Not as simple as that. After a very long bus trip from Omaha to Scottbluff, the opportunity is given by YSEALI for all of us to have a host family, separated into such groups and stayed at the home for 4 days. I seen it as a best way to get to know my teammates culture, there were Ploy (Thailand) and Luong (Vietnam). On Wednesday this 22th March, Together we met Kristin & Erick Weibe, a kind family that have a big curiosity in learning other people’s culture from another country. We directly went to the house that has a very classic design, a simple and quiet house with a huge dog called Lucy. There were only them who stay in the house, their childrens sometimes visit them because they already had their own job and stay in different places.


For the first dinner, we talked about a lot of things including favorite type of music, tradition, culture, religion, family, problems of countries, and also food. I personally learned how American family lives their life by this family, how they keep memories and appreciate all that has been trough their life in that house, how Kristin works in community college and what is her most concerns, how she and Erick managed their farms very well and and role-designed. I also learned about how they communicate with neighbors, to take care of them by giving private spaces as well. I do belive that my host family also learned from our conversation day by day about how we lived our family back in our countries and also how culture can really define each countries personality very well.

On Thursday night, we had our first Cultural Performance!
It was an unforgettable story to be written. We perfomed our Indonesian traditional dances in front of our host families and also we seen other beautiful dances and performance of other fellows representing their countires. Each of performance really brings a vibe that is unique, contains meaning and philosophy of countries by how fellows interpreted their country into an art which is universal for all.


Still got a surprise! My host family took us to go to the Community College Event called “Around The World” , a Gala Evening held by Western Nebraska Community College Performing Arts, which Kristin was in charge of decorations. We used our own traditional clothes as well to follow the dresscode. We saw students of the Community College sang songs from different countries, wore the traditional clothes from 33 countries around the world and had fun together that night. I got the chance to have a picture with a guy who wore a Scotland traditional clothes. He praised my dress and told that I should had been in the stage with them!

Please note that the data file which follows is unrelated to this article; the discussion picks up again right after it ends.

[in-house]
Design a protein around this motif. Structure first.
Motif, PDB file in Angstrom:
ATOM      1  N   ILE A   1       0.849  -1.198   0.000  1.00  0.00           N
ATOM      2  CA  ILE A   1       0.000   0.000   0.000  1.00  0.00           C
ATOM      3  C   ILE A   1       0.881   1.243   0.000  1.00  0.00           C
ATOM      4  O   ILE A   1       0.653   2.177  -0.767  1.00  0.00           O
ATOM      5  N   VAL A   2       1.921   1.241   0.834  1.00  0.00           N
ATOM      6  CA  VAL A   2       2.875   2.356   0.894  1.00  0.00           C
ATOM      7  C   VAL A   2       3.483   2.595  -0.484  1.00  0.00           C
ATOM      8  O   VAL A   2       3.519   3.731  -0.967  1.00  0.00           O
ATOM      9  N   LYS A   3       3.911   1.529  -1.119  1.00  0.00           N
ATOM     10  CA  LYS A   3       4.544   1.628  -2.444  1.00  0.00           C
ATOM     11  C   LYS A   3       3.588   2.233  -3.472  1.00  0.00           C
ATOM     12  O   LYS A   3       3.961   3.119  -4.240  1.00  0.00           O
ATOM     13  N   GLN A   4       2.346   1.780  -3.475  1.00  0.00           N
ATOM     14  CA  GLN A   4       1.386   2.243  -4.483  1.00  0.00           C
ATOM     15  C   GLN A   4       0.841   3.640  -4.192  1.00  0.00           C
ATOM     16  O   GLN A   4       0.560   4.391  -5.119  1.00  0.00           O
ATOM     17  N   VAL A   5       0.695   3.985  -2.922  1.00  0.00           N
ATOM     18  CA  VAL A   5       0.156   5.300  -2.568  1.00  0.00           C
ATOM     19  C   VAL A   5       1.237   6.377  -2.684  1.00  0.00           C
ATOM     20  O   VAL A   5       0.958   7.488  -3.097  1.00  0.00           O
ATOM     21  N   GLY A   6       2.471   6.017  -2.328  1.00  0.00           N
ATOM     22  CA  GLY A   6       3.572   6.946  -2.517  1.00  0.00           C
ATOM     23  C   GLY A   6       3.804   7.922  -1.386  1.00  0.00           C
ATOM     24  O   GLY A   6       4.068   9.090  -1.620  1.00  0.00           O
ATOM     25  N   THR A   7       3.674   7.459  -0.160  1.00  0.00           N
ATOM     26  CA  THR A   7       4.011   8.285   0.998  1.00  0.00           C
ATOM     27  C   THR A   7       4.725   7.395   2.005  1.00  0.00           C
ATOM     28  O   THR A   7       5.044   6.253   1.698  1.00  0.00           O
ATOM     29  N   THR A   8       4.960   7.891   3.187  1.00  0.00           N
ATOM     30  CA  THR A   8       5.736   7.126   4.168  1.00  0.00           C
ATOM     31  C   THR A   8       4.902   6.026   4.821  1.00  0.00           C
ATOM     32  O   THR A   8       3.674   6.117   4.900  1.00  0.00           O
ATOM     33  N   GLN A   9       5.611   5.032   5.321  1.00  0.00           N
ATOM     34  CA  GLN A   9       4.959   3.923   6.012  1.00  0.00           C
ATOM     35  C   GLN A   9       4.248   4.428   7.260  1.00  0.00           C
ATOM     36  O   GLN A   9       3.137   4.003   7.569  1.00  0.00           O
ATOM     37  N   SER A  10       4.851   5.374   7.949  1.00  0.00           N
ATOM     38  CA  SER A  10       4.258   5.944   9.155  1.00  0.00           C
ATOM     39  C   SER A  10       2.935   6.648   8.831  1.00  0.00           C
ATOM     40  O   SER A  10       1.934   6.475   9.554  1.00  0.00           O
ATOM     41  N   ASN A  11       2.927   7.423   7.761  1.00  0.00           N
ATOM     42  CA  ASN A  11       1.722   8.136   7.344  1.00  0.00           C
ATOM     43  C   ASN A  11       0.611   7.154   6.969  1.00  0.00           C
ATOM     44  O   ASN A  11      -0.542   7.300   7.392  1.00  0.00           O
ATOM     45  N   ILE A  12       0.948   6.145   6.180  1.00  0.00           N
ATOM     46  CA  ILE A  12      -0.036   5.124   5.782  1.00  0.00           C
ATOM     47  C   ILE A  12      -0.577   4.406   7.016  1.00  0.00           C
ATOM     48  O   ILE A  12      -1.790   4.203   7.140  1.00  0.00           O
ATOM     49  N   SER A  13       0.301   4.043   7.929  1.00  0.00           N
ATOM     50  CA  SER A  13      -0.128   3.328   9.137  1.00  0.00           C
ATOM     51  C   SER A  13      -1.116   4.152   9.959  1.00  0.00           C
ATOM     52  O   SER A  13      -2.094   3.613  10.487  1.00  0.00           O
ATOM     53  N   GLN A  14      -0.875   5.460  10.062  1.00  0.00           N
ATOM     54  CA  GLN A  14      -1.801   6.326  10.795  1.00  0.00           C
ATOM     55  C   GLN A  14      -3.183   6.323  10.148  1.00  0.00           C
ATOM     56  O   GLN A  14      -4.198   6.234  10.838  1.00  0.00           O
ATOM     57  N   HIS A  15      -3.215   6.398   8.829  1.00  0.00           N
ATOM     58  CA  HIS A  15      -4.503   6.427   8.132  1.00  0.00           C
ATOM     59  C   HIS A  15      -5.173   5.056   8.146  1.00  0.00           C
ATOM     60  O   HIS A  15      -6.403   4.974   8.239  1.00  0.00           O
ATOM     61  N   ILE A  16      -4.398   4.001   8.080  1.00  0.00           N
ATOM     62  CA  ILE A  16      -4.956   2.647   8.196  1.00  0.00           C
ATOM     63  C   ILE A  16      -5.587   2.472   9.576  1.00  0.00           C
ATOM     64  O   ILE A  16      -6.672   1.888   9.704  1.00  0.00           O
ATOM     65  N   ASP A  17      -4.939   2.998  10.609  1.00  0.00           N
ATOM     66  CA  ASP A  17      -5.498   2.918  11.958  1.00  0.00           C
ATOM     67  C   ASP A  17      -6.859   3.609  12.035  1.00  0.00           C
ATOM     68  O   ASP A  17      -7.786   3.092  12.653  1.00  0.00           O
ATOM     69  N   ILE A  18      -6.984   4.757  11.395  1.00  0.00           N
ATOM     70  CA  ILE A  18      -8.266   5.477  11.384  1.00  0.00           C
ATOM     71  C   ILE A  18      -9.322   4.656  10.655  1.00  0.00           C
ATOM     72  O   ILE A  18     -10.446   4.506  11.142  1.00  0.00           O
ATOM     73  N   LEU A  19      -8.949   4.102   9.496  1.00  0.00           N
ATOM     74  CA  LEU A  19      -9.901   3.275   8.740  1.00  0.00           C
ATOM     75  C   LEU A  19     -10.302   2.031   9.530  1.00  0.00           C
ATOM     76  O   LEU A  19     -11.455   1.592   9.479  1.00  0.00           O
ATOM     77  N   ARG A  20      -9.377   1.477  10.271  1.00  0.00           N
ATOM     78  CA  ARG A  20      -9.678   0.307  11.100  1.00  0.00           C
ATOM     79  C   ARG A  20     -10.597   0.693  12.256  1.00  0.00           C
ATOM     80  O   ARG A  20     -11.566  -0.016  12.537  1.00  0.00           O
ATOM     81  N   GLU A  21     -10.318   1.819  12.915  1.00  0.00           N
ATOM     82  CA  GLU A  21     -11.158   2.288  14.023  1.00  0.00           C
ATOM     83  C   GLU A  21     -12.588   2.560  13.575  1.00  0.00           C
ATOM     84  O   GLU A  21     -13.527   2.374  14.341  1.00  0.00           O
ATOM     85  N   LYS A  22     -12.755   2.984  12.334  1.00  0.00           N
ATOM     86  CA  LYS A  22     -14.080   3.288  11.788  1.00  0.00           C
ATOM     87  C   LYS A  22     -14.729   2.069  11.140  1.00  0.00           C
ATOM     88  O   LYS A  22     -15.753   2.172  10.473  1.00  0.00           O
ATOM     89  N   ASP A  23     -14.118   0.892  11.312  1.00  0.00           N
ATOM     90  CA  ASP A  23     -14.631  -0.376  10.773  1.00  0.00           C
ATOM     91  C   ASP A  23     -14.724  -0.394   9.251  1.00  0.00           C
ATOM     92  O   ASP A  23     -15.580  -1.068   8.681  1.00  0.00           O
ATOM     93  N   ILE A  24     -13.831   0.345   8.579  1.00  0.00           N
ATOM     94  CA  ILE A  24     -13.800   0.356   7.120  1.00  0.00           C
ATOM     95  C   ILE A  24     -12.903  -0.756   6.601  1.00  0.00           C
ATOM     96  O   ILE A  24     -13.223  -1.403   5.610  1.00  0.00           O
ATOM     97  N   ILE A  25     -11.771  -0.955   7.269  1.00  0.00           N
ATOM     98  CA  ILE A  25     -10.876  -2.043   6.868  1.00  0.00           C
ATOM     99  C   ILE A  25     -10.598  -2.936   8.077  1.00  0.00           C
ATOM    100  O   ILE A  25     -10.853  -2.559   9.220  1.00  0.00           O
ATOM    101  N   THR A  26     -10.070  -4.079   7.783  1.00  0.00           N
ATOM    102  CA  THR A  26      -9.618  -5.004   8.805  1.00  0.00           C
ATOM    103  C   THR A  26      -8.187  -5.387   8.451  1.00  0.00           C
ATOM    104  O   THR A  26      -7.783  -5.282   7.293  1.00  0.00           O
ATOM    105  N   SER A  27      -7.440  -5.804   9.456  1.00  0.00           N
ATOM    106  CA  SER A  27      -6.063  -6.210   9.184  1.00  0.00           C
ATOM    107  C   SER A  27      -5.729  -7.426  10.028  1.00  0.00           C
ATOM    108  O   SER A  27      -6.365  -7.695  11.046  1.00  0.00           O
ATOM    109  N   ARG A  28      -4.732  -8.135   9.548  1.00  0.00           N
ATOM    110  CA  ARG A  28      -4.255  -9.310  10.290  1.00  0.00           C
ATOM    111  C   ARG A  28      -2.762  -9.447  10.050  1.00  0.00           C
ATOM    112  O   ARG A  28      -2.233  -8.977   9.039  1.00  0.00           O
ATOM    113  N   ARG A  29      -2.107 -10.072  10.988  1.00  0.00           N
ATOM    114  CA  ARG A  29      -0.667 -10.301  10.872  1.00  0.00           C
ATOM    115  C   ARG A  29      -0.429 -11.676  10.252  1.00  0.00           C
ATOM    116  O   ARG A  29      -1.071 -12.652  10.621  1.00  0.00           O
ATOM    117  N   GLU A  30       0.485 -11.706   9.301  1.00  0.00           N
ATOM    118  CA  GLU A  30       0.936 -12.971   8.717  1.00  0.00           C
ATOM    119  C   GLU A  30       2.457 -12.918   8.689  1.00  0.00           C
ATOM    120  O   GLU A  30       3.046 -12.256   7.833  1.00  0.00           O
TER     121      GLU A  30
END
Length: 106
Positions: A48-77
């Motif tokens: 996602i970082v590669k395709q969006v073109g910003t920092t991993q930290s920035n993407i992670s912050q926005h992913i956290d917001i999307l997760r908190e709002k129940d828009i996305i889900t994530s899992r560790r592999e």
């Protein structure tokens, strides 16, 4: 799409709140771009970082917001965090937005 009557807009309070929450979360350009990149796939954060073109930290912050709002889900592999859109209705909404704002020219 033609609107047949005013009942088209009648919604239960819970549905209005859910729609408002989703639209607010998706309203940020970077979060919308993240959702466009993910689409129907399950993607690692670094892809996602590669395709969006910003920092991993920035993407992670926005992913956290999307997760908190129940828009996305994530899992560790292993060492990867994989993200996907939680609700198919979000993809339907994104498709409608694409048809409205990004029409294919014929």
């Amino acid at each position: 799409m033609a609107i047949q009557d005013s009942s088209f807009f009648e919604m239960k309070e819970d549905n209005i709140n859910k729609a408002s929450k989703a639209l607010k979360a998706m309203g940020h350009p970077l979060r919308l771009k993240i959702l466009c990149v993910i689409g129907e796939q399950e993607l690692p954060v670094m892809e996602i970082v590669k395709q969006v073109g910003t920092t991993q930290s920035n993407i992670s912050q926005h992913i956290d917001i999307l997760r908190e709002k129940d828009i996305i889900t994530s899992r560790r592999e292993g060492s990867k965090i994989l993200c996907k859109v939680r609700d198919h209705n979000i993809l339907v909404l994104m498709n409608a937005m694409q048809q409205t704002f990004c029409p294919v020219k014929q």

To my point of view, the best way to learn is to get used to it. And this has been very effective way to learn each others culture so far. We know, we share, and we exchange cultures so that it may goes around the world. That is a responsibility as a person to stand as an Ambassador of their country. To represent is not to show, but to exchange!

Second week has been great. Nebraska, bring it on!

Hands to Harmony of Lives

                                                                                          26th March 2017

                                                                                          Scotts Bluff, West Nebraska, USA

It is my pleasure to express my sincere feeling of a visit to Scotts Bluff, West Nebraska, United State of America. I am very impressed by the social environment, social services, love , care, warmly welcomed and norms of the local people out-there live in Scotts Bluff, West Nebraska, USA. It was my very first time practically experiencing and exploring  towards society with such warm and love and I can see the eyes of the people how they welcome each other and me even though I could do nothing for them. As soon as I landed Scotts Bluff, I felt I was welcomed and safe due to such good social environment and love and care of the local people. Additionally, I became to understand how sweet the people from Scotts Bluff and their hospitality towards people like me even they never met me before.


As the times and days passed by, my learning, observation and social interaction with them make me realize how this small community work hand on hand to take care each other for the betterment of their community and society. They do have good relationships among them which make individual, families and groups in their community inclusive and feel home. Their looks, behaviors and interactions welcome people feel safe and love that is the most I learn from them to apply also in my daily life. The biggest learning of mine also is that people do have compassion and love to take care of each other specifically to homeless and vulnerable people in order to promote peace and harmony of lives in the community and society.  Moreover, I also learn that Churches and local organizations do full fill the needs of the community whereby activities and programs have been organizing and implementing for promoting sustainable peace community and harmony of lives.


By: Jugar Smart Man ( Pa Hu)